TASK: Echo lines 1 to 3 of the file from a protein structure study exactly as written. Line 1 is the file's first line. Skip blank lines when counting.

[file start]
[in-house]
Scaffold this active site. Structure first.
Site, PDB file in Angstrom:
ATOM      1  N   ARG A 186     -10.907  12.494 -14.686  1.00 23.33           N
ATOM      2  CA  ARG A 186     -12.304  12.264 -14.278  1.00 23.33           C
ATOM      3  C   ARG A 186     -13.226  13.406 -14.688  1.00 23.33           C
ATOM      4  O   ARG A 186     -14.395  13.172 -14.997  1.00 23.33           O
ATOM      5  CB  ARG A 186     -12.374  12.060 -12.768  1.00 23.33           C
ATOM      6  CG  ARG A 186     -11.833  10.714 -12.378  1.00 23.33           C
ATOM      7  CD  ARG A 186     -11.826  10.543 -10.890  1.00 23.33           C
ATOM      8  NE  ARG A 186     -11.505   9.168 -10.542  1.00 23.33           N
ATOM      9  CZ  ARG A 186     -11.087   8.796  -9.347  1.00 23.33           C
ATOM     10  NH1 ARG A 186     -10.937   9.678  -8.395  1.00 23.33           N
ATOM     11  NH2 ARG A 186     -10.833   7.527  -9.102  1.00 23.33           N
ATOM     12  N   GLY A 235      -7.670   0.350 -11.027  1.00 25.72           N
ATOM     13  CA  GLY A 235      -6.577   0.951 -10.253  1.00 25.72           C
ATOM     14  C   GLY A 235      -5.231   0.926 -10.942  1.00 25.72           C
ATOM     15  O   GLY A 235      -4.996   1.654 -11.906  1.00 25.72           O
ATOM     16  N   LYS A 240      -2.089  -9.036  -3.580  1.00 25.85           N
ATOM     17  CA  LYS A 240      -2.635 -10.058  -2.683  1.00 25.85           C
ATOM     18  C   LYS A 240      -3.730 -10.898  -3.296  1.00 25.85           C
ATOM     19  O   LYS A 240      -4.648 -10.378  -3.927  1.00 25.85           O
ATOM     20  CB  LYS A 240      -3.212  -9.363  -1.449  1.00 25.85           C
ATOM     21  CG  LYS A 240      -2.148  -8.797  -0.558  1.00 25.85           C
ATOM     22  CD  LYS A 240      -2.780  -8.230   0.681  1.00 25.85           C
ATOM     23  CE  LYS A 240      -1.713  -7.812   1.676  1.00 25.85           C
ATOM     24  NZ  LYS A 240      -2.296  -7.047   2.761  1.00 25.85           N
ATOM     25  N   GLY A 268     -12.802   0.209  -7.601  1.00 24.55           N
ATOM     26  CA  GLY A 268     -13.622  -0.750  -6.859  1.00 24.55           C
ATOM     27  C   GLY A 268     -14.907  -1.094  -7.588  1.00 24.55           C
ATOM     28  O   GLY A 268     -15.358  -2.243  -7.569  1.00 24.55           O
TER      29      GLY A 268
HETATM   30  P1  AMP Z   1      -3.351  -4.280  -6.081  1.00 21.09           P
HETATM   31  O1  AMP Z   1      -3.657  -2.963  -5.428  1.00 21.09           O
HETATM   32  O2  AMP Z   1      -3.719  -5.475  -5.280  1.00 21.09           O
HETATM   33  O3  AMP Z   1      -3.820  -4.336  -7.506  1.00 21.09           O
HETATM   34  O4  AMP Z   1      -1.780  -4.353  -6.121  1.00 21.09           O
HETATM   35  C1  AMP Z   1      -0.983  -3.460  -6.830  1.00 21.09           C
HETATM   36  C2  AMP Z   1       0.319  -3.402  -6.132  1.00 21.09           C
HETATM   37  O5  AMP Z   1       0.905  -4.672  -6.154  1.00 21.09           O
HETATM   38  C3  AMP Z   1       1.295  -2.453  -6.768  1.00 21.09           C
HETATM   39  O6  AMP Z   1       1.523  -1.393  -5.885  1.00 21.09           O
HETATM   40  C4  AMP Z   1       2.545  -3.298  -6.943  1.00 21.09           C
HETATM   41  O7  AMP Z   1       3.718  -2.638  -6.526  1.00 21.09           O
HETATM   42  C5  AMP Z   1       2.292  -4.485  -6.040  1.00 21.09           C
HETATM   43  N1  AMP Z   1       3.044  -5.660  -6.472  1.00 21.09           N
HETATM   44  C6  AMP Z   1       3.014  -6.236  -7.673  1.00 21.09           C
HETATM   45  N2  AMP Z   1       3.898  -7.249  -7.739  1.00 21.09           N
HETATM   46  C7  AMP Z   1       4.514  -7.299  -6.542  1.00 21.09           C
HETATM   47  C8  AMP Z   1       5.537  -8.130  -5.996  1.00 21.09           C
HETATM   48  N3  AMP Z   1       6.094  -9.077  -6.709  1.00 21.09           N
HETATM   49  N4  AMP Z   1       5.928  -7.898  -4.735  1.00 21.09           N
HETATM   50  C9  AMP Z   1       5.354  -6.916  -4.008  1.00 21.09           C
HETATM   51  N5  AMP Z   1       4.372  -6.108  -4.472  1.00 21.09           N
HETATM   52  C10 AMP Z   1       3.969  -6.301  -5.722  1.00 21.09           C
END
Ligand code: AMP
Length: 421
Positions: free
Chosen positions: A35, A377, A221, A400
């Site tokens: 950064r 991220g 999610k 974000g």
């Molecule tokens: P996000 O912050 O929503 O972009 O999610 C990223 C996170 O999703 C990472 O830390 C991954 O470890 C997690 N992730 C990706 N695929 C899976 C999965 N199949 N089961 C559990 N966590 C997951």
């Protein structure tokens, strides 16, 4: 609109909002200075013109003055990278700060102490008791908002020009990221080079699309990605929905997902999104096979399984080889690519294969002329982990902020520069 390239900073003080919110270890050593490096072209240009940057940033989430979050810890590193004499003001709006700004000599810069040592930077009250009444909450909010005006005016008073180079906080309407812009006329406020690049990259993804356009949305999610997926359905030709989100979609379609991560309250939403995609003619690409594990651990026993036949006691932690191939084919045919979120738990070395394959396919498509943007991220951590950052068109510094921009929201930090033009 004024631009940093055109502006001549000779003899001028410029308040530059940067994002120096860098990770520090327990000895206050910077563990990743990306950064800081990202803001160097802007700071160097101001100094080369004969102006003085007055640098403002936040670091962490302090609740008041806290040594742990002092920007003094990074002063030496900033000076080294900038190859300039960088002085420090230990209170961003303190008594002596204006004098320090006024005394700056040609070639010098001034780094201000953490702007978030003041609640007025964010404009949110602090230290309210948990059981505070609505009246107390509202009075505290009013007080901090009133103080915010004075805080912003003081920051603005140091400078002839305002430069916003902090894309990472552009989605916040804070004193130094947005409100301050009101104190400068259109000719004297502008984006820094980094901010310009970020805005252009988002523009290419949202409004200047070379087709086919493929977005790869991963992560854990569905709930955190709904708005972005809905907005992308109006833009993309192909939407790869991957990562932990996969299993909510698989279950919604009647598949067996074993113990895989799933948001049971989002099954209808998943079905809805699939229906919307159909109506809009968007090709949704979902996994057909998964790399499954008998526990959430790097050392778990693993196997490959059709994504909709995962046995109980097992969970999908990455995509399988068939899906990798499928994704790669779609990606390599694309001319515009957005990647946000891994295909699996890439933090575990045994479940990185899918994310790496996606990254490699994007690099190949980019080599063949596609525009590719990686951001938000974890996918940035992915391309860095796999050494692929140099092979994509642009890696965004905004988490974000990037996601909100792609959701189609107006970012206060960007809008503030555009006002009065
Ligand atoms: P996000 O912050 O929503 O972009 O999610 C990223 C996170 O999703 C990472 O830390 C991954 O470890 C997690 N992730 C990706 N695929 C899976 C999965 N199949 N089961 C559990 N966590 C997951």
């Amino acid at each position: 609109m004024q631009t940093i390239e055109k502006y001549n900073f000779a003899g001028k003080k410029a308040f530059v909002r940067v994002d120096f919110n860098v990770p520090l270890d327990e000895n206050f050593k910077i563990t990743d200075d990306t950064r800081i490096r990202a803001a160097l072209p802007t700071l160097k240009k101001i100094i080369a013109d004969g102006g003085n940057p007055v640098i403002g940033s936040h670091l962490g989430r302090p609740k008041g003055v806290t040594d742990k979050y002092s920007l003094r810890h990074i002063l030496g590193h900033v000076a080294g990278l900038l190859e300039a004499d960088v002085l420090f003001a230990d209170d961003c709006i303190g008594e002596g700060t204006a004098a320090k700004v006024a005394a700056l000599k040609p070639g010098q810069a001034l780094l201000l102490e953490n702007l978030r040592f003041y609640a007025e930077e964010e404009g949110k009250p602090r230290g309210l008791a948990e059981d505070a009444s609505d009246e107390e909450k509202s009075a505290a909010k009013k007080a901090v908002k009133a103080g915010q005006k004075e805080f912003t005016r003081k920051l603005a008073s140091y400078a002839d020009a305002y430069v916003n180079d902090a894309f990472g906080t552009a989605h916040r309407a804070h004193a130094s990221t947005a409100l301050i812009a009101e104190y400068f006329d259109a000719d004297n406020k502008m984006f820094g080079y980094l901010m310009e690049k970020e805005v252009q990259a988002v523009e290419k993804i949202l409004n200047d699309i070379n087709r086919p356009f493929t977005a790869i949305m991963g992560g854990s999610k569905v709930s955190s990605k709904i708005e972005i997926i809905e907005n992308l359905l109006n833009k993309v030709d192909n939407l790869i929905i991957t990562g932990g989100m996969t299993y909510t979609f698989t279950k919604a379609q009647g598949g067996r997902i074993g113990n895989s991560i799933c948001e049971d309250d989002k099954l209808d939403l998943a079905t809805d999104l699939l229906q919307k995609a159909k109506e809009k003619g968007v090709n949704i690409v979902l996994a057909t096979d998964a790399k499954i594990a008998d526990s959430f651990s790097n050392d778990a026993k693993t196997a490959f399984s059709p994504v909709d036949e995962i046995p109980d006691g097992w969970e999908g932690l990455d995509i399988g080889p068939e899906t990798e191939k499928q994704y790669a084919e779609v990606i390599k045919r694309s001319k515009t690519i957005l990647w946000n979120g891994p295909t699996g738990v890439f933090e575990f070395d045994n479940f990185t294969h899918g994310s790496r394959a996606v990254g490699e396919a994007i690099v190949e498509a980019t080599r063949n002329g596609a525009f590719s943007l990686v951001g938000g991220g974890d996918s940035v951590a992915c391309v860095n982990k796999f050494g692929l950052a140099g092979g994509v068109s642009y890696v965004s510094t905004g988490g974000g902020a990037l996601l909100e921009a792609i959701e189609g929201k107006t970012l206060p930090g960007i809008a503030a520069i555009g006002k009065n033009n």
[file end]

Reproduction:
[in-house]
Scaffold this active site. Structure first.
Site, PDB file in Angstrom: